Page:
CONTACT LENSES SHOULD BE USED IN CONJUNCTION WITH SPECTACLES, THEY ARE NOT A COMPLETE REPLACEMENT.
Contact Lens Types
Contact lenses can be divided into two main types.
Rigid Gas Permeable Lenses
These are small ‘hard’ lenses which give a good standard of vision and are relatively durable and easy to look after. They typically have a life expectancy of twelve months if properly cared for. Gas Permeable lenses allow oxygen to pass through them and help the eye to ‘breathe’ better than any other lens type, but initially some people may find adapting to them takes a little longer. They are the most suitable type of lens for high prescriptions and for children.
These have a ‘jelly-like’ appearance and feel. The standard of vision varies according to your prescription. For some individuals a special type of soft lens (called a Toric lens) is needed to correct Astigmatism.
Soft lenses allow oxygen to pass through them to help the eye ‘breathe’. They are very comfortable, but they have a shorter life span. In the past it was recommended that soft lenses be replaced every year. Nowadays, frequent replacement lenses are readily available reducing the complications of infections. Indeed there are even lenses which are worn once only and then thrown away thus removing the need to clean and store the lenses. This saves both your time, and the cost of solutions.
Special types of soft lens are available which can change the colour of your eyes. This is possible whether you have light or dark coloured eyes and there are a number of attractive colours from which you can choose. There are also ‘Crazy’ lenses which will give your eyes an unusual appearance e.g. Cat’s eyes or Dartboards.
As one becomes older, the eye no longer focuses so well close up. Spectacle wearers use bi-focal or varifocal lenses to overcome reading difficulties. For contact lens wearers, one answer is to use reading spectacles over the contact lenses when needed. Another possibility is to have ‘bi-focal’ contact lenses. These allow the eyes to focus over a greater range of distances, but they do not always give sufficient clarity for people with very precise visual needs. On occasions we can use a technique called monovision. This means giving one eye clear distance focus and the other eye clear near focus. It can be extremely effective although not everyone can tolerate it.
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The subject of hygiene is probably the most important aspect of contact lens wear. Hands must always be washed before handling the lenses or touching your eye. Lenses should always be cleaned (except daily disposables) in accordance with instructions issued by your optometrist and only with the recommended fluids.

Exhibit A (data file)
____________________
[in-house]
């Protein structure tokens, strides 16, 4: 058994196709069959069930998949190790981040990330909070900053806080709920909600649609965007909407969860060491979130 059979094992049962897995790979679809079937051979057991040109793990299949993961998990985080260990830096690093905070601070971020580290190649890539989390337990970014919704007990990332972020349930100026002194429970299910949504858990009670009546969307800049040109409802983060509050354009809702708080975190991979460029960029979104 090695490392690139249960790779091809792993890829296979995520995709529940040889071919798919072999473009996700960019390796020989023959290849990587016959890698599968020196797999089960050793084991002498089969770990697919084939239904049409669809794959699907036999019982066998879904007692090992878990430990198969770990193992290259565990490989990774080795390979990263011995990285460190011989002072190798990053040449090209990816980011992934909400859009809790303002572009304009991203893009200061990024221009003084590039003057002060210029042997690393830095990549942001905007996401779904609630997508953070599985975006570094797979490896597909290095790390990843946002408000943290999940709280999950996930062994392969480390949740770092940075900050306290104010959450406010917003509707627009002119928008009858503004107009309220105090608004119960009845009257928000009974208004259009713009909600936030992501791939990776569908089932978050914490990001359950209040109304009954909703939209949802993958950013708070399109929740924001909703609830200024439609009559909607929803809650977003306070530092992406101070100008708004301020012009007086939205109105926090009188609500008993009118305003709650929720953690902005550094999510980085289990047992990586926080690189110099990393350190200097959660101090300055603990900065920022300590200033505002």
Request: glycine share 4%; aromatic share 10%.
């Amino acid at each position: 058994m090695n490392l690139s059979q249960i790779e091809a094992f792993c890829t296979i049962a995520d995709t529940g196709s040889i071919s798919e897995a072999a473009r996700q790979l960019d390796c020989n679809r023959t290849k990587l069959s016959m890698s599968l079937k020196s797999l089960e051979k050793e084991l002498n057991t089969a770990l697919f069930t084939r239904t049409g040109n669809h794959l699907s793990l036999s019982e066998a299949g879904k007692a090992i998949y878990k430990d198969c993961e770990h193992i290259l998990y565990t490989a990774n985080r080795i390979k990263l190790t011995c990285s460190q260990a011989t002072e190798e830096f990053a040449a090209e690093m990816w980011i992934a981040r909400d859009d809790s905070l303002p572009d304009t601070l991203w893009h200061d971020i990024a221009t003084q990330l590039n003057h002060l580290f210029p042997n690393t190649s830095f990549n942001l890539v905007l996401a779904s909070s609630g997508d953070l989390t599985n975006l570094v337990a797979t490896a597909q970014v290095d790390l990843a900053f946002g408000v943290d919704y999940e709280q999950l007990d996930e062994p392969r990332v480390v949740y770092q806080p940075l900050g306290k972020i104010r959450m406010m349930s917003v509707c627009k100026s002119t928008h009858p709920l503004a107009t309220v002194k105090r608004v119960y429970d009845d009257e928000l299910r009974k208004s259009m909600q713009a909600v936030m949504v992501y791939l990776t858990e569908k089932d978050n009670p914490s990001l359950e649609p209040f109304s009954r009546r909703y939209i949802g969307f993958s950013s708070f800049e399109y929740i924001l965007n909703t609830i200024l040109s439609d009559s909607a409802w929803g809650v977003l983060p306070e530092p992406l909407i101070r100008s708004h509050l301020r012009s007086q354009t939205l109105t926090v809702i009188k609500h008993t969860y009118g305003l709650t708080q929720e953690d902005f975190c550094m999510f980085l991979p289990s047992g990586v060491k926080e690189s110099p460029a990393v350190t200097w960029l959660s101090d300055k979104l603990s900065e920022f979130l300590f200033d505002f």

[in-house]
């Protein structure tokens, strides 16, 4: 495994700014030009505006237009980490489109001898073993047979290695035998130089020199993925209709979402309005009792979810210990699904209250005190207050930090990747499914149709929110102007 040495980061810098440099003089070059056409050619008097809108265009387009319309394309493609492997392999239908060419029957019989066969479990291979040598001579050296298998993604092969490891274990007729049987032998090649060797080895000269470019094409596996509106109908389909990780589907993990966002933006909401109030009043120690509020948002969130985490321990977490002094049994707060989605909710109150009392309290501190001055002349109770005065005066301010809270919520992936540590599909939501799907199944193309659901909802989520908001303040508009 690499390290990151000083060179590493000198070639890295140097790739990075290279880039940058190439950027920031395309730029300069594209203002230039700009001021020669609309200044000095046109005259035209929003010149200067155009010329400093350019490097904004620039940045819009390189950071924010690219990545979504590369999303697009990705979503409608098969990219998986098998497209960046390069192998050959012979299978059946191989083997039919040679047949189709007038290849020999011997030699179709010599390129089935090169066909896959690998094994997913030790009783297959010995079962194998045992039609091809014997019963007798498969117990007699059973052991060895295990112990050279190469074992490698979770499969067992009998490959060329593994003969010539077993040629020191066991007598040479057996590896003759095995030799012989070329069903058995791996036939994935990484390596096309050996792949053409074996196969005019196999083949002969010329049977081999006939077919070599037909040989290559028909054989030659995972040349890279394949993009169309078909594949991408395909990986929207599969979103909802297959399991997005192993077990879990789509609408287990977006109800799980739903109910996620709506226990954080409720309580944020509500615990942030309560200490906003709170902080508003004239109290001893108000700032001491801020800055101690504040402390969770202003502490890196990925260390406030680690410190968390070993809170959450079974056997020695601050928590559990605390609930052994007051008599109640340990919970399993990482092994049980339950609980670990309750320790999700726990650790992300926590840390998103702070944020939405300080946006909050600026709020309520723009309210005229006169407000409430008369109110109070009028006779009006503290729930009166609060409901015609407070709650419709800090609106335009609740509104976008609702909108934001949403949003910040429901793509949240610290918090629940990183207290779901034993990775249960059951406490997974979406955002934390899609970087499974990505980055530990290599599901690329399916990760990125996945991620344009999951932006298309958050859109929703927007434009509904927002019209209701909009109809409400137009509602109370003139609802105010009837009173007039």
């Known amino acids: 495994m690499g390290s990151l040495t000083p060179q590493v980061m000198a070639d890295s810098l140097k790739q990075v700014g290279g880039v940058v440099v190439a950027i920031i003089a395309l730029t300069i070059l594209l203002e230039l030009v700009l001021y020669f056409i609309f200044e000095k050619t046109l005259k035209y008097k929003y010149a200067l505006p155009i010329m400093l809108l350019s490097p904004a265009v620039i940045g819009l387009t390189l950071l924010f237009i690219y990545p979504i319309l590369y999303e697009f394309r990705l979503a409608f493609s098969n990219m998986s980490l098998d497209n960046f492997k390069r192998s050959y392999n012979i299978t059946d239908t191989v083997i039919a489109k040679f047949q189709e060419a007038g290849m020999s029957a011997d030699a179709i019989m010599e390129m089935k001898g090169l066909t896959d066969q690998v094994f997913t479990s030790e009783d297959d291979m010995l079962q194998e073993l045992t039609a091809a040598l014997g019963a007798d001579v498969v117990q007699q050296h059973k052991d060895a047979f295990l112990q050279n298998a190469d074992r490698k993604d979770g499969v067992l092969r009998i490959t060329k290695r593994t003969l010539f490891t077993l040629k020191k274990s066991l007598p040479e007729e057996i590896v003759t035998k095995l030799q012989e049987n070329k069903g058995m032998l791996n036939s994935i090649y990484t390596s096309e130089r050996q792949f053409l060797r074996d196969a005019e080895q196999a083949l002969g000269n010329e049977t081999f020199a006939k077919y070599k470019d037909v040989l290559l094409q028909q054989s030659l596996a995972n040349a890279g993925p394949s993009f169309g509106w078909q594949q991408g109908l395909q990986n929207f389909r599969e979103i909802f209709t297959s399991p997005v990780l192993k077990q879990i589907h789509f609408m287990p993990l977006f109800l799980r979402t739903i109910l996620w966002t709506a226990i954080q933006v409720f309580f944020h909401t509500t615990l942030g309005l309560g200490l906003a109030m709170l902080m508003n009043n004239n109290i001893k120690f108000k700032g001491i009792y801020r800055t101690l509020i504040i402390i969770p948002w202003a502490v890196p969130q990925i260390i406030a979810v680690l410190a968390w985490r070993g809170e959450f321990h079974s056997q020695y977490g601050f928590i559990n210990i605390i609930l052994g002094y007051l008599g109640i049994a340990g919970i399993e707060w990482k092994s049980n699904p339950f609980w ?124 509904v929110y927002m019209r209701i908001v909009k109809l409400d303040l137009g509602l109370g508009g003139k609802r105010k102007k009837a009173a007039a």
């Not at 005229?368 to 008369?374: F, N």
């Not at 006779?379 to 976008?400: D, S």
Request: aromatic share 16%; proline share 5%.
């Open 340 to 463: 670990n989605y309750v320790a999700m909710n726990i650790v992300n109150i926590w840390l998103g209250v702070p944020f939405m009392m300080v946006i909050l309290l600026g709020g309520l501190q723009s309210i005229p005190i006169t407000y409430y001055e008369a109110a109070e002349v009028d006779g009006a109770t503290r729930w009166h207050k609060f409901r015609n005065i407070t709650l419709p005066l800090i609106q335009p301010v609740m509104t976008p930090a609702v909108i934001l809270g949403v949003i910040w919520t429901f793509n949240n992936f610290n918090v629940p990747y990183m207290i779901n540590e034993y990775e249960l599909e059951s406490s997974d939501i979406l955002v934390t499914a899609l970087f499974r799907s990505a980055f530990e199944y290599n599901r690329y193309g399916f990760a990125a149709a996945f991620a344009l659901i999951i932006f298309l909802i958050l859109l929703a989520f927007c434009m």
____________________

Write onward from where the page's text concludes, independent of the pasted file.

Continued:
Maximum wearing times will be advised by your optometrist. These should be strictly adhered to because over-wearing your lenses puts the eye under stress and can leave it more susceptible to infection.
At this practice we believe that it is in the best interests of the health of the eyes to replace contact lenses at regular intervals, in accordance with current expert opinion, certainly at least once a year. No matter how thoroughly you may think you are cleaning your lenses, they never come completely clean. Over time the surface of the lens deteriorates, this is due to a number of factors including scratches and stubborn deposits. As a result:-
- The lens becomes less transparent so your vision is not as clear.
- The deposits on the lens can irritate your eyes and eyelids so the lens is not as comfortable. In some cases this irritation can become so bad that you would have to cease wearing lenses completely.
- The lens does not allow so much Oxygen to pass through to the eye. As a result the eye is at much greater risk of side effects and complications.
This is why we recommend schemes where your lenses are replaced at specified intervals. These schemes also include as many check-ups as are considered clinically necessary, including a full eye examination once a year. The cost of your care products (cleaning/storing solutions) is included where appropriate. Typically there is an initial payment followed by monthly payments by Banker’s Order. In addition, membership of the schemes entitles you to a discount off any complete spectacles which you purchase for your own use. Contact lenses are also available through the Eyeplan scheme. Back to top
What happens at a Contact Lens Trial?
You will need to have an up-to-date spectacle prescription. If you have not had a recent eye examination, this will be the first step.
Before any lenses are placed in your eyes, we will want to discuss:-
- Why you want lenses and when you hope to wear them.
- Your work and hobbies, health and any eye problems past or present.
- The costs involved.
- Different types of contact lenses and their good and bad points.
- The risks involved in contact lens wear, and how to reduce them.
The shape of your eyes will be measured and the front of your eyes examined very closely using a sort of microscope called a Slit Lamp. During this examination we will be assessing the eyelids and tears as well as the health and clarity of the Cornea (the clear window at the front of the eye).
If all is well then a contact lens will be placed in each eye and you will wear them for about half an hour to see how your eyes react and give you a chance to see what wearing lenses is like. At the end of that time the fit and power of the lenses will be checked to make sure we know which lens will be right for you. Sometimes more than one lens will be tried in each eye.
Subject to a satisfactory trial then lenses will be ordered for you and an appointment made for you to be taught how to insert/remove the lenses and care for them.